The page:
Some products that may interact with this drug include: antipsychotics (such as chlorpromazine, haloperidol, thiothixene), cimetidine, metoclopramide.

If you are taking levodopa or a carbidopa/levodopa combination, your doctor may direct you to decrease your levodopa dose after you start taking pramipexole.

Tell your doctor or pharmacist if you also take drugs that cause drowsiness such as certain antihistamines (such as diphenhydramine), anti-seizure drugs (such as carbamazepine), medicine for sleep or anxiety (such as alprazolam, diazepam, zolpidem), muscle relaxants, narcotic pain relievers (such as codeine), psychiatric medicines (such as risperidone, amitriptyline, trazodone).

Check the labels on all your medicines (such as allergy, cough-and-cold products) because they may contain drowsiness-causing ingredients. Ask your pharmacist about the safe use of those products.

OVERDOSE: If overdose is suspected, contact a poison control center or emergency room immediately. US residents can call the US national poison hotline at 1-800-222-1222. Canadian residents can call a provincial poison control center.

NOTES: Do not share this medication with others.

People with Parkinson's disease may have an increased risk for developing skin cancer (melanoma). If you are taking this drug to treat Parkinson's disease, tell your doctor promptly if you notice a change in the appearance or size of moles or other unusual skin changes. Ask your doctor if you should have regular skin exams.

MISSED DOSE: If you miss a dose, take it as soon as you remember unless it is almost time for the next dose. If it is near the time of the next dose, skip the missed dose and resume your usual dosing schedule. Do not double the dose to catch up.

STORAGE: Store at room temperature away from light and moisture. Keep all medicines away from children and pets.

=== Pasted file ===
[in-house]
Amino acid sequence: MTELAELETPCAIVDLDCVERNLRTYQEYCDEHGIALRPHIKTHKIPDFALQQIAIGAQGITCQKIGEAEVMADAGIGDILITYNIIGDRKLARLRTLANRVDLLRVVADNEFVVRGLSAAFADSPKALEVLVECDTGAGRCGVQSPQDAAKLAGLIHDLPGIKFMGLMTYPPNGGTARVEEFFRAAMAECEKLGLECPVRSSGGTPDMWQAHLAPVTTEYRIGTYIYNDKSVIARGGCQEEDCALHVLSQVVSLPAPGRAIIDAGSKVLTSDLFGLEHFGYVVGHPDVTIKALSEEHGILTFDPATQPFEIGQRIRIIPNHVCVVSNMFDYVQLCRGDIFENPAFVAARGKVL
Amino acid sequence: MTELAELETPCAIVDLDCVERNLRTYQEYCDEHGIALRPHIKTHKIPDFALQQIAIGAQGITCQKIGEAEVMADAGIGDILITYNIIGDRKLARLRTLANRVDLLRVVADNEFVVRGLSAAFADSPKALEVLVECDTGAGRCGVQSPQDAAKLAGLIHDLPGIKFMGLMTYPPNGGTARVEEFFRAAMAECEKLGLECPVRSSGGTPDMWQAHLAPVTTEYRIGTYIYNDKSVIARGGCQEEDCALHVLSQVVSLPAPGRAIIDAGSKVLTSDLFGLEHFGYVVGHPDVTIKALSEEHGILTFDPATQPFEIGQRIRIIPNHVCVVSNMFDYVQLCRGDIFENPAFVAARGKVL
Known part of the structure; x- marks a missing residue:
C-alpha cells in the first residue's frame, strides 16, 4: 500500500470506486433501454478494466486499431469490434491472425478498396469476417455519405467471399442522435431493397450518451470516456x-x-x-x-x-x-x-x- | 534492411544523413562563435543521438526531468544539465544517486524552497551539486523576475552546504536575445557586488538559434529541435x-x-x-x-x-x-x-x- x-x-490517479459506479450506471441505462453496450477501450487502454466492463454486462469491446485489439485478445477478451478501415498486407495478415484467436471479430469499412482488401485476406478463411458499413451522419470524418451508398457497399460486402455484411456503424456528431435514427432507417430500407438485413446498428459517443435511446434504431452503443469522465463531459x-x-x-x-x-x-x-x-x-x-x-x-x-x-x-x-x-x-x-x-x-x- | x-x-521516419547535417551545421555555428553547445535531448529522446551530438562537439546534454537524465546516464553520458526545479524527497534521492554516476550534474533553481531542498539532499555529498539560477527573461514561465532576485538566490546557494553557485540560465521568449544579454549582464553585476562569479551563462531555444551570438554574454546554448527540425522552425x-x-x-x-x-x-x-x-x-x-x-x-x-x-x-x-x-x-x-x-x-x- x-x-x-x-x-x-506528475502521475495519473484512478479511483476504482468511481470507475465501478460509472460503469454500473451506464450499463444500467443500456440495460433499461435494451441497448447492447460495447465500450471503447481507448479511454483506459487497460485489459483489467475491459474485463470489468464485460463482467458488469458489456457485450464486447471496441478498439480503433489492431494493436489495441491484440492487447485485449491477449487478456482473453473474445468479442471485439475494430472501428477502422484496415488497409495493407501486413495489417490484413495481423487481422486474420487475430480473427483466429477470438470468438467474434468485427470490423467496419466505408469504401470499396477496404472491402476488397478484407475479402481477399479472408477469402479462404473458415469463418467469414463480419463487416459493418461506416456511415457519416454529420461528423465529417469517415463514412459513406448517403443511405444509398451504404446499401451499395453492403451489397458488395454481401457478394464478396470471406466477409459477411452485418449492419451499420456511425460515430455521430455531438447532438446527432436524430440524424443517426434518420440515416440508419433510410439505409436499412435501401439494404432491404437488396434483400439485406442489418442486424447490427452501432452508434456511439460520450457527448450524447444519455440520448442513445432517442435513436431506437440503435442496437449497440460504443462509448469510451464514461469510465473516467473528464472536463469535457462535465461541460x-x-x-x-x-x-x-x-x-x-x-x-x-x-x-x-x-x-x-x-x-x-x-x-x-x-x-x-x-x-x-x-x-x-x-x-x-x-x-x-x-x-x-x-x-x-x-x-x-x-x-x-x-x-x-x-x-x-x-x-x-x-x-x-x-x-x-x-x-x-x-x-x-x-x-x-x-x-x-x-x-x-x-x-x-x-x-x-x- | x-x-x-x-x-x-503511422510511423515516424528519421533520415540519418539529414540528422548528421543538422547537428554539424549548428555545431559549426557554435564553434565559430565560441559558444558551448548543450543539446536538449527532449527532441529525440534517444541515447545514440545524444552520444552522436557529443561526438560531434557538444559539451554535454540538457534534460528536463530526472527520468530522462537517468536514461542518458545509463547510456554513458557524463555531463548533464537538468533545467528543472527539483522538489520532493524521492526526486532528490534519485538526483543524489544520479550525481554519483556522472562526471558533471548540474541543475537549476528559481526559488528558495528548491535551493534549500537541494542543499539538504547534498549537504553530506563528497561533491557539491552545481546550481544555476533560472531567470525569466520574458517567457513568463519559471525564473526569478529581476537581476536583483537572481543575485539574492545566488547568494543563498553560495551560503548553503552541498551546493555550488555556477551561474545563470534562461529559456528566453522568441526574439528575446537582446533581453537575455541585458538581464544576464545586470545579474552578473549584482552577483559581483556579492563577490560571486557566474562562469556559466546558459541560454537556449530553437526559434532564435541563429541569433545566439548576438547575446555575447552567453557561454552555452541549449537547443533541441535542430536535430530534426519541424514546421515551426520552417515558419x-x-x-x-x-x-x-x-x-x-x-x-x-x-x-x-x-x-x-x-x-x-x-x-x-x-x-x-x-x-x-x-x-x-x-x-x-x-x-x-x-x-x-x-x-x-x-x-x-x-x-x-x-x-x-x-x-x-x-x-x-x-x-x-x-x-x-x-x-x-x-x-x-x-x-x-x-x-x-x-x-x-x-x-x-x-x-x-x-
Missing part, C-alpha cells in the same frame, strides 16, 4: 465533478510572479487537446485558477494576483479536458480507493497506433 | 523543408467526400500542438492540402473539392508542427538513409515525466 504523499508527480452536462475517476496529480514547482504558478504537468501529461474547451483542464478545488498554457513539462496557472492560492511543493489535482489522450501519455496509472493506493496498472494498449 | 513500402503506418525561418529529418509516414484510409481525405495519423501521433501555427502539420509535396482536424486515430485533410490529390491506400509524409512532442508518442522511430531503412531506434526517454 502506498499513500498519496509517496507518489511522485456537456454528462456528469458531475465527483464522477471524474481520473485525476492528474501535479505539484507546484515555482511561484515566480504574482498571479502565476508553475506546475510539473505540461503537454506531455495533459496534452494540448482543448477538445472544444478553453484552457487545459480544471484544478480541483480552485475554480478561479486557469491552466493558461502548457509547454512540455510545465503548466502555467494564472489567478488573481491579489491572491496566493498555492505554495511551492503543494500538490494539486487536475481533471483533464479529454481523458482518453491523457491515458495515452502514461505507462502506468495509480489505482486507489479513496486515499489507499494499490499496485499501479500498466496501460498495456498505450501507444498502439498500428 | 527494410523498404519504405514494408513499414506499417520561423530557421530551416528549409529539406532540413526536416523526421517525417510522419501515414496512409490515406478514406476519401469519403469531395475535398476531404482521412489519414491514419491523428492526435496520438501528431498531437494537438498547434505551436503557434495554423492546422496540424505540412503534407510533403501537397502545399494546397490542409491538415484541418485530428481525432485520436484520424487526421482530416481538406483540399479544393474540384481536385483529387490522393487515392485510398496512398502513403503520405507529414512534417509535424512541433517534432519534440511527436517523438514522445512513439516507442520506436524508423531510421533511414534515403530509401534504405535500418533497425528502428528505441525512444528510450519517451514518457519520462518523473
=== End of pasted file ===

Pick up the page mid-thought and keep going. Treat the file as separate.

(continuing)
Do not flush medications down the toilet or pour them into a drain unless instructed to do so. Properly discard this product when it is expired or no longer needed. Consult your pharmacist or local waste disposal company for more details about how to safely discard your product.

Information last revised August 2010. Copyright(c) 2010 First Databank, Inc.

Mirapex ER Patient Information Including Side Effects

Brand Names: Mirapex, Mirapex ER

Generic Name: pramipexole (Pronunciation: pram i PEX ole)

What is pramipexole (Mirapex ER)?

Pramipexole has some of the same effects as a chemical called dopamine, which occurs naturally in your body. Low levels of dopamine in the brain are associated with Parkinson's disease.

Pramipexole is used to treat symptoms of Parkinson's disease, such as stiffness, tremors, muscle spasms, and poor muscle control. Pramipexole is also used to treat restless legs syndrome (RLS).

Pramipexole may also be used for purposes not listed in this medication guide.

Mirapex 0.125 mg

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Mirapex 0.25 mg

oval, white, imprinted with 4 4, U U

Mirapex 0.5 mg

oval, white, imprinted with U U, 8 8

Mirapex 0.75 mg

oval, white, imprinted with BI, 101

Mirapex 1 mg

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Mirapex 1.5 mg

round, white, imprinted with 37 37, U U

Pramipexole 0.125 mg-BAR

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Pramipexole 0.25 mg-BAR

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Pramipexole 0.5 mg-BAR

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Pramipexole 0.75 mg-TEV

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Pramipexole 1 mg-BAR

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Pramipexole 1.5 mg-BAR

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What are the possible side effects of pramipexole (Mirapex ER)?

Get emergency medical help if you have any of these signs of an allergic reaction: hives; difficulty breathing; swelling of your face, lips, tongue, or throat.

Stop taking pramipexole and call your doctor at once if you have any of these serious side effects:

  • extreme drowsiness, falling asleep suddenly, even after feeling alert;
  • nausea, sweating, feeling light-headed, fainting;
  • hallucinations;
  • muscle pain, tenderness, or weakness with fever or flu symptoms and dark colored urine;
  • chest discomfort, dry cough, feeling short of breath;
  • feeling weak or tired, loss of appetite, rapid weight loss;
  • fast or uneven heartbeats; or